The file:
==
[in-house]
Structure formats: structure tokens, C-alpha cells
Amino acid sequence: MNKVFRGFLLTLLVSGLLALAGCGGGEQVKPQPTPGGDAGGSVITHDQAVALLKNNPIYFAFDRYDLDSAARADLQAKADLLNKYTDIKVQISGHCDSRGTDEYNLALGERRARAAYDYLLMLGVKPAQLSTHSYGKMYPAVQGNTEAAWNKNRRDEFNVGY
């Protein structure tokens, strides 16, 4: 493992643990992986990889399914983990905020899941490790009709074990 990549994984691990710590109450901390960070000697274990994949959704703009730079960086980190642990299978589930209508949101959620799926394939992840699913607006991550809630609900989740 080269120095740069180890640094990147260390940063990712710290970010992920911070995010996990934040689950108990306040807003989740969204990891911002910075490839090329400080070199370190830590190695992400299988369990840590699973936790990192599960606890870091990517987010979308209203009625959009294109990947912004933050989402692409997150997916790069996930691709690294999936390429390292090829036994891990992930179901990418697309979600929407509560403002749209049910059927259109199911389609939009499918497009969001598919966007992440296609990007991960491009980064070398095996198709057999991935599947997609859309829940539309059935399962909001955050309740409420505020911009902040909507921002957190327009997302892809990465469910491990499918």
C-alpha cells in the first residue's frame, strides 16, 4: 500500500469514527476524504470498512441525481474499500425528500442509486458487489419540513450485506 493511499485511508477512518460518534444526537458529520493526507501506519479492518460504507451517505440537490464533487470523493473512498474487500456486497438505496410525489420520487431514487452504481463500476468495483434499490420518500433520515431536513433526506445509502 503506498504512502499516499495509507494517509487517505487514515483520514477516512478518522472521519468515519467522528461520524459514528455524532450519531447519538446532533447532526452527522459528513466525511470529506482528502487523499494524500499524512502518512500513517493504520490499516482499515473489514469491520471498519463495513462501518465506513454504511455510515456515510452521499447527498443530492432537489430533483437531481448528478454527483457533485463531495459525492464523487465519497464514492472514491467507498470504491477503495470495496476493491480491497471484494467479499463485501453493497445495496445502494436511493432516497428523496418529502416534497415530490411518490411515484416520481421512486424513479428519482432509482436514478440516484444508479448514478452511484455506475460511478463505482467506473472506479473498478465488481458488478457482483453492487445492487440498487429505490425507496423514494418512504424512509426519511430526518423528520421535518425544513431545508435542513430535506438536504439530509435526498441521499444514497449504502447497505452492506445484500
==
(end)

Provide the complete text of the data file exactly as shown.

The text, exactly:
[in-house]
Structure formats: structure tokens, C-alpha cells
Amino acid sequence: MNKVFRGFLLTLLVSGLLALAGCGGGEQVKPQPTPGGDAGGSVITHDQAVALLKNNPIYFAFDRYDLDSAARADLQAKADLLNKYTDIKVQISGHCDSRGTDEYNLALGERRARAAYDYLLMLGVKPAQLSTHSYGKMYPAVQGNTEAAWNKNRRDEFNVGY
């Protein structure tokens, strides 16, 4: 493992643990992986990889399914983990905020899941490790009709074990 990549994984691990710590109450901390960070000697274990994949959704703009730079960086980190642990299978589930209508949101959620799926394939992840699913607006991550809630609900989740 080269120095740069180890640094990147260390940063990712710290970010992920911070995010996990934040689950108990306040807003989740969204990891911002910075490839090329400080070199370190830590190695992400299988369990840590699973936790990192599960606890870091990517987010979308209203009625959009294109990947912004933050989402692409997150997916790069996930691709690294999936390429390292090829036994891990992930179901990418697309979600929407509560403002749209049910059927259109199911389609939009499918497009969001598919966007992440296609990007991960491009980064070398095996198709057999991935599947997609859309829940539309059935399962909001955050309740409420505020911009902040909507921002957190327009997302892809990465469910491990499918």
C-alpha cells in the first residue's frame, strides 16, 4: 500500500469514527476524504470498512441525481474499500425528500442509486458487489419540513450485506 493511499485511508477512518460518534444526537458529520493526507501506519479492518460504507451517505440537490464533487470523493473512498474487500456486497438505496410525489420520487431514487452504481463500476468495483434499490420518500433520515431536513433526506445509502 503506498504512502499516499495509507494517509487517505487514515483520514477516512478518522472521519468515519467522528461520524459514528455524532450519531447519538446532533447532526452527522459528513466525511470529506482528502487523499494524500499524512502518512500513517493504520490499516482499515473489514469491520471498519463495513462501518465506513454504511455510515456515510452521499447527498443530492432537489430533483437531481448528478454527483457533485463531495459525492464523487465519497464514492472514491467507498470504491477503495470495496476493491480491497471484494467479499463485501453493497445495496445502494436511493432516497428523496418529502416534497415530490411518490411515484416520481421512486424513479428519482432509482436514478440516484444508479448514478452511484455506475460511478463505482467506473472506479473498478465488481458488478457482483453492487445492487440498487429505490425507496423514494418512504424512509426519511430526518423528520421535518425544513431545508435542513430535506438536504439530509435526498441521499444514497449504502447497505452492506445484500